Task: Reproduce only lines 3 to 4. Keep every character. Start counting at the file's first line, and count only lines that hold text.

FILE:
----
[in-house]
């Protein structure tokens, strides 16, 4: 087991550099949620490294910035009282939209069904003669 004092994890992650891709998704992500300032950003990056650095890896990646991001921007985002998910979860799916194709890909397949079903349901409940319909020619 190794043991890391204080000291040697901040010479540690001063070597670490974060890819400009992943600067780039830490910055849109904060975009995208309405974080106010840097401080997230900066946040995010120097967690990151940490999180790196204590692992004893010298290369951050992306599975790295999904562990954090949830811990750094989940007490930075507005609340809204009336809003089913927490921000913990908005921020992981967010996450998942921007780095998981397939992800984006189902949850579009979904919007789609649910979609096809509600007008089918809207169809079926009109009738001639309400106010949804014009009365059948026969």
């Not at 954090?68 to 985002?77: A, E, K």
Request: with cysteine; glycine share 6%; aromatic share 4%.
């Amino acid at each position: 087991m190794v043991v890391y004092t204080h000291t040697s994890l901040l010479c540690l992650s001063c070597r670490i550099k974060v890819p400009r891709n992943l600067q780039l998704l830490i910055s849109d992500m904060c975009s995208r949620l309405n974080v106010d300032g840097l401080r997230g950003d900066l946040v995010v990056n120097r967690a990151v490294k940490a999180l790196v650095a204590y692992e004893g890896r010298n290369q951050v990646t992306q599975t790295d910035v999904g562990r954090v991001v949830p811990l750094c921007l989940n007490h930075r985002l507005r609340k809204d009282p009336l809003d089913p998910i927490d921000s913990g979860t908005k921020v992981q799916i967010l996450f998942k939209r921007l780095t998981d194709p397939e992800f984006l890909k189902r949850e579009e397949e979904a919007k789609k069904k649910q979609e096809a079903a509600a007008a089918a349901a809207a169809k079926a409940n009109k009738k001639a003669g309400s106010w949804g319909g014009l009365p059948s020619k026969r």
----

């Not at 954090?68 to 985002?77: A, E, K």
Request: with cysteine; glycine share 6%; aromatic share 4%.